Opinion | Will There Be a Biden Comeback?
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By Ross Douthat
Something unusual happened to Joe Biden this week. A reputable poll, from The Economist and YouGov, showed him with a positive job approval rating — even hitting 50 percent approval among registered voters, against 47 percent disapproving.
Maybe the poll was an outlier, a blip; Biden’s approval numbers have improved since his summertime nadir, but his polling average is still below 45 percent. Maybe any improvement will be undone by further revelations about stashed classified documents from his V.P. days — though it will be hard to top the comedy value of some of the papers being in the garage with his Corvette.
But as congressional Republicans gear up for a year of internal knife fights and fiscal brinkmanship, it’s worth considering what it would take for a true Biden comeback, a return to actual popularity.
Before the midterms I tried to identify three original sins in the Biden administration — three freely chosen, unnecessary courses that contributed to the president’s underwater numbers. They were the White House’s early decisions to limit energy production and roll back some Trump immigration policies (which were then followed by the gas-price spike and the border crisis), the surfeit of spending in the American Rescue Plan that contributed to the inflation surge and the failure to show any actual moderation on cultural issues to match Biden’s original moderate-Catholic-Democrat brand.
One issue I didn’t include was the botched withdrawal from Afghanistan, both because it wasn’t a major issue in the midterm campaign and because I thought the withdrawal itself was a necessary and gutsy decision, notwithstanding the disastrous execution. But if you look at the arc of Biden’s approval ratings, the fall of Kabul looks like a major inflection point, a moment that sowed the first serious doubts about the administration’s competence.
So envisioning a Biden comeback requires imagining these liabilities being overcome or reversed, or just having their salience diminished. On the economy, such a scenario would run like this: The Republican House snuffs out any possibility of new inflationary spending, inflation continues to diminish without unemployment surging, China’s reopening helps normalize the global economy, Putin’s energy weapon proves to be a one-off blow rather than a continuing drag, and we get through this strange post-pandemic period without a real recession.
On foreign policy, the Biden best case is probably further gains for the Ukrainians in the spring and then some kind of stable cease-fire, which would enable him to take credit for blunting Russian aggression and also successfully managing the risks of World War III. We may get more of a bloody stalemate instead, but the White House’s handling of the Ukraine war is probably its most successful policy to date; if it still looks successful in a year’s time, the memory of the Kabul breakdown should be fully washed away.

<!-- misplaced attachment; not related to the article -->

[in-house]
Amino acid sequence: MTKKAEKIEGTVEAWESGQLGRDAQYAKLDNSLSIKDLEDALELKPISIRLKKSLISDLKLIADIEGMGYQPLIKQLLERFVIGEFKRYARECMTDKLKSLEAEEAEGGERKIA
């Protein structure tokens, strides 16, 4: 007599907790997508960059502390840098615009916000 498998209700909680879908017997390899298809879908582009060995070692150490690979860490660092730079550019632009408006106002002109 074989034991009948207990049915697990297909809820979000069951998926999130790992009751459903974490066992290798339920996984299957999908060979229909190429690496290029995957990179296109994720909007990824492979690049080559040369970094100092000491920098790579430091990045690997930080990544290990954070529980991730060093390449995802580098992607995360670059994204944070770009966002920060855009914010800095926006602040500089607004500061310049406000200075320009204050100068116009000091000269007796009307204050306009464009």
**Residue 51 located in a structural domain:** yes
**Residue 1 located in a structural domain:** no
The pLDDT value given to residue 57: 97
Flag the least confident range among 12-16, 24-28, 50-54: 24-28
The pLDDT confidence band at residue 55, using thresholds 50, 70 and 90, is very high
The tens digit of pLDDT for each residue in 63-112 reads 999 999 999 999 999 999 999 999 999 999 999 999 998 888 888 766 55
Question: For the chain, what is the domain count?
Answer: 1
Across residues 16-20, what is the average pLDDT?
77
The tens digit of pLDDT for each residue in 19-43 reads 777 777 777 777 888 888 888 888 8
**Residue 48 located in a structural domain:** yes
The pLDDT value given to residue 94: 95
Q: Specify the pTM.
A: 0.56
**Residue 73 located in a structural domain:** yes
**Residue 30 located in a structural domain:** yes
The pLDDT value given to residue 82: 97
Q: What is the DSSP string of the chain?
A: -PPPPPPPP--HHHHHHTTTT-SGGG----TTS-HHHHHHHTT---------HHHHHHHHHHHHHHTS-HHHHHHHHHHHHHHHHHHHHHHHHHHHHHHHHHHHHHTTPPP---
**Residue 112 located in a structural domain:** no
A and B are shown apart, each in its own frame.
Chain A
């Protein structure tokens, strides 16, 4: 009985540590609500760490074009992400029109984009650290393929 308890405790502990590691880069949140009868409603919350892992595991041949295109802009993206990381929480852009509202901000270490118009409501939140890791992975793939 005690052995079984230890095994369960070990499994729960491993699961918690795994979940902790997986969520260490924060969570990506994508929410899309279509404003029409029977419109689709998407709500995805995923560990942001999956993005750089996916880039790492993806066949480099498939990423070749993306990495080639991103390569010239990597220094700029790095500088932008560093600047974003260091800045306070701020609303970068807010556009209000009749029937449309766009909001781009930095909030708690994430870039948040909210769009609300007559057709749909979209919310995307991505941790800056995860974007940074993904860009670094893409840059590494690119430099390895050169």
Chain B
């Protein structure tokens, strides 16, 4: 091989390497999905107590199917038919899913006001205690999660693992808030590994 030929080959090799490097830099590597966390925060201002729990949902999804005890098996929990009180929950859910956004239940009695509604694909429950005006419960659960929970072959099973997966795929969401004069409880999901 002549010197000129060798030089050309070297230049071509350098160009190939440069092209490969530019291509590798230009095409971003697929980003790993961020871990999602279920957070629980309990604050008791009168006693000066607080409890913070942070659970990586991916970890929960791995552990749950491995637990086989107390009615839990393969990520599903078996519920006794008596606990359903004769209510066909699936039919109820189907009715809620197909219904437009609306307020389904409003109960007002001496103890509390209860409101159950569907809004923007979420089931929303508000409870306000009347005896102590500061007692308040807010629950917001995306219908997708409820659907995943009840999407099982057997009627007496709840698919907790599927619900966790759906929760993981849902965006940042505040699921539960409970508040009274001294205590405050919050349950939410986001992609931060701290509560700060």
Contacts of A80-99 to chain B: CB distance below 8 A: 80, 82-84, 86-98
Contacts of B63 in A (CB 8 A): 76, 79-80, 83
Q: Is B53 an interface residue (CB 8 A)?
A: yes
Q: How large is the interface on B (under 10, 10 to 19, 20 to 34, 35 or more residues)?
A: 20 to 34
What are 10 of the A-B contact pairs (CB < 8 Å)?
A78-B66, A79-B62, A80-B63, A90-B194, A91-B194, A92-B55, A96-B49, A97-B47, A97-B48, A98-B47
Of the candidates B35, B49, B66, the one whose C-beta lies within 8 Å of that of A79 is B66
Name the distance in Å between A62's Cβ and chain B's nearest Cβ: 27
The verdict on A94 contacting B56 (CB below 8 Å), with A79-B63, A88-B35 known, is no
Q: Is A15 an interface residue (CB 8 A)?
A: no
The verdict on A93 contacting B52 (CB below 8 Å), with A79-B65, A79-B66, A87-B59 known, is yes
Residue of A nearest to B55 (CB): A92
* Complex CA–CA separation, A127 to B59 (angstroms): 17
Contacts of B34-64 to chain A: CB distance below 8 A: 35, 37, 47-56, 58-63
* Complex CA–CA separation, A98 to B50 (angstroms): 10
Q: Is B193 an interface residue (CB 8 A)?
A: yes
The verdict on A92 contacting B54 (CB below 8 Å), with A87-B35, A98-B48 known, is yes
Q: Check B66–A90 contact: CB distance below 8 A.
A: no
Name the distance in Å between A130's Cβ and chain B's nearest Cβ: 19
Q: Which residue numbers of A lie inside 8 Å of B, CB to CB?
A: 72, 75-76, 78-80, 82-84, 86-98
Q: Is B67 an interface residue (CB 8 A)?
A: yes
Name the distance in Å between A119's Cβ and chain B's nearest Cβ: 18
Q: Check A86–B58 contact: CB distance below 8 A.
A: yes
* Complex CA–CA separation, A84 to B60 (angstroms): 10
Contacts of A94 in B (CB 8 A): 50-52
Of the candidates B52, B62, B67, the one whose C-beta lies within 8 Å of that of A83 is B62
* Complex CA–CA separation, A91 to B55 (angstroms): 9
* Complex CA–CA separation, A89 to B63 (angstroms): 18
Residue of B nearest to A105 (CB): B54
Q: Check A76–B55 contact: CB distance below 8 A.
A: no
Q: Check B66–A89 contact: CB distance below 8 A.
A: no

On immigration and the border crisis, the Biden administration clearly thinks it’s pivoting rightward with new restrictions on asylum; the political effectiveness of the policy, though, will turn on whether it actually succeeds. On other cultural issues, meanwhile, it seems unlikely that Biden will execute any notable pivot — but the White House can hope that a divided government will effectively ease voter anxieties about wokeness without the administration needing to make any enemies to its left.
The role of congressional Republicans generally is key to the recovery scenario. The Biden administration can look back on successful political rebounds by Bill Clinton and Barack Obama that were clearly mediated by G.O.P. fecklessness. On the evidence of Kevin McCarthy’s speakership to date, history may be returning to those grooves.
But with this important difference: Clinton and Obama were unusually talented politicians in the prime of their political lives, while Biden is something else — a likable-enough political insider who’s now conspicuously too old for his job.
Occasionally this reality can be oddly advantageous for the White House. In cases like the classified-document revelations or the Hunter Biden imbroglios, the idea of Biden doing something shady accidentally or cluelessly, rather than with conscious corruption, is more plausible than in prior presidencies.
But mostly Biden’s age creates challenges that the Clinton and Obama administrations didn’t have to worry about. When events turn against his administration, as they did in 2021 and certainly could again in 2023 if the above scenarios don’t pan out, this president can look especially overmastered, especially ill-equipped to lead or turn the ship around. And even when things are going relatively well — even in a clear rebound scenario — the shadow of Biden’s diminished capacities may still be a drag on his support.
Presuming, that is, that the Republicans find an opposing candidate who draws clear contrast in vigor and capacity. If they return instead to a certain former president whom Biden beat once already — well, that’s the strongest comeback scenario, and the clearest path to another term.
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